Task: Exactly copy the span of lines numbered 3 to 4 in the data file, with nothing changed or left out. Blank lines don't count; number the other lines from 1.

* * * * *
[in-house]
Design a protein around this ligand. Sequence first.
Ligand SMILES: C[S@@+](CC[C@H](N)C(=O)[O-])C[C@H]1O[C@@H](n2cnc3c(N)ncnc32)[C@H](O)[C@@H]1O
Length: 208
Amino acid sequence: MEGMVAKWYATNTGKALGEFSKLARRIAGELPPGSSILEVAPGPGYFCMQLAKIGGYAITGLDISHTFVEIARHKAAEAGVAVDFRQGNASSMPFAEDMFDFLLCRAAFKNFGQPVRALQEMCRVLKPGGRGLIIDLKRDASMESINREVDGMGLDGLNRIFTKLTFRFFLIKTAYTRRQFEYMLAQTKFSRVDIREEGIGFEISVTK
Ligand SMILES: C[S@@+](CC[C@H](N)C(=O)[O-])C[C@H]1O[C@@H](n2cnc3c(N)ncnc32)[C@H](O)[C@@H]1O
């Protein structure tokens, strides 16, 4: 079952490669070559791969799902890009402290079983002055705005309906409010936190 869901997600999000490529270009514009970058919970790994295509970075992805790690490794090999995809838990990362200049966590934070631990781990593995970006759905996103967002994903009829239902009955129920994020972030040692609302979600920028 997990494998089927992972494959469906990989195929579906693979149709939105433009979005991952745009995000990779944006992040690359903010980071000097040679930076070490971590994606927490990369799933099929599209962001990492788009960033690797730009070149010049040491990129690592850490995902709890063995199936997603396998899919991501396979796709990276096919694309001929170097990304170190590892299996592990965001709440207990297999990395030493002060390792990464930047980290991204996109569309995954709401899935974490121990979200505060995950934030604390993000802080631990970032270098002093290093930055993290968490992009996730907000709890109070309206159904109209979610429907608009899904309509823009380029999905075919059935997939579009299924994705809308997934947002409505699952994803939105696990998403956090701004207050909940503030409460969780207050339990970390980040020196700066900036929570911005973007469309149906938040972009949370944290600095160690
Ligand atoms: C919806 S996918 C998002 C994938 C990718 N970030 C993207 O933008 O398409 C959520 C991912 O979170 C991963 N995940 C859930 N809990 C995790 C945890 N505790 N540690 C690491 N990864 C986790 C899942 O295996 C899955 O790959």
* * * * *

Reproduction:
Ligand SMILES: C[S@@+](CC[C@H](N)C(=O)[O-])C[C@H]1O[C@@H](n2cnc3c(N)ncnc32)[C@H](O)[C@@H]1O
Length: 208